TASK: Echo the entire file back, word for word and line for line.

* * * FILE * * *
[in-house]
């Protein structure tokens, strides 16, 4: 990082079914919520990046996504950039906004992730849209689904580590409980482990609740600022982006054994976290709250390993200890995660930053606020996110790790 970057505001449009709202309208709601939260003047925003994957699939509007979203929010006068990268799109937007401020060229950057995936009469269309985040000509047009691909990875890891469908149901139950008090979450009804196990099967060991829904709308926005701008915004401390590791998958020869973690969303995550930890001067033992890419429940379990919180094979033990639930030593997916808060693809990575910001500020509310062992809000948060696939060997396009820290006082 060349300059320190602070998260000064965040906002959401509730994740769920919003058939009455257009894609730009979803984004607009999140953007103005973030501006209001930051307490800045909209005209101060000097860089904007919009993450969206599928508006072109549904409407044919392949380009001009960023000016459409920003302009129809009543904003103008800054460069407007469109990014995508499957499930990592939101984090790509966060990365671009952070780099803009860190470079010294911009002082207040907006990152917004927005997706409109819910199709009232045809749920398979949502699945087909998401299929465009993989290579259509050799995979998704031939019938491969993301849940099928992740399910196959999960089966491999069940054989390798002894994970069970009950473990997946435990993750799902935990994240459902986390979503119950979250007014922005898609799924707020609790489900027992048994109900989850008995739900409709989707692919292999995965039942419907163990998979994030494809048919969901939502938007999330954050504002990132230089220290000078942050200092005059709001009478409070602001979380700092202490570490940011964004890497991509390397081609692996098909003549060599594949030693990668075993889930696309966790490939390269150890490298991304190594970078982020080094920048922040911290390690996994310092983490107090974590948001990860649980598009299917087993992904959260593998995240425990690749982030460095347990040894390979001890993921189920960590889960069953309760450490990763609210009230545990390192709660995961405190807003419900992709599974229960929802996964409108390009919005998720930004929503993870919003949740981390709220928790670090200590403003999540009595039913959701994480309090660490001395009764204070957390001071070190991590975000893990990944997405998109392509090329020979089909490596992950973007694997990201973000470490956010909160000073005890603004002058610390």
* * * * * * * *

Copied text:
[in-house]
């Protein structure tokens, strides 16, 4: 990082079914919520990046996504950039906004992730849209689904580590409980482990609740600022982006054994976290709250390993200890995660930053606020996110790790 970057505001449009709202309208709601939260003047925003994957699939509007979203929010006068990268799109937007401020060229950057995936009469269309985040000509047009691909990875890891469908149901139950008090979450009804196990099967060991829904709308926005701008915004401390590791998958020869973690969303995550930890001067033992890419429940379990919180094979033990639930030593997916808060693809990575910001500020509310062992809000948060696939060997396009820290006082 060349300059320190602070998260000064965040906002959401509730994740769920919003058939009455257009894609730009979803984004607009999140953007103005973030501006209001930051307490800045909209005209101060000097860089904007919009993450969206599928508006072109549904409407044919392949380009001009960023000016459409920003302009129809009543904003103008800054460069407007469109990014995508499957499930990592939101984090790509966060990365671009952070780099803009860190470079010294911009002082207040907006990152917004927005997706409109819910199709009232045809749920398979949502699945087909998401299929465009993989290579259509050799995979998704031939019938491969993301849940099928992740399910196959999960089966491999069940054989390798002894994970069970009950473990997946435990993750799902935990994240459902986390979503119950979250007014922005898609799924707020609790489900027992048994109900989850008995739900409709989707692919292999995965039942419907163990998979994030494809048919969901939502938007999330954050504002990132230089220290000078942050200092005059709001009478409070602001979380700092202490570490940011964004890497991509390397081609692996098909003549060599594949030693990668075993889930696309966790490939390269150890490298991304190594970078982020080094920048922040911290390690996994310092983490107090974590948001990860649980598009299917087993992904959260593998995240425990690749982030460095347990040894390979001890993921189920960590889960069953309760450490990763609210009230545990390192709660995961405190807003419900992709599974229960929802996964409108390009919005998720930004929503993870919003949740981390709220928790670090200590403003999540009595039913959701994480309090660490001395009764204070957390001071070190991590975000893990990944997405998109392509090329020979089909490596992950973007694997990201973000470490956010909160000073005890603004002058610390």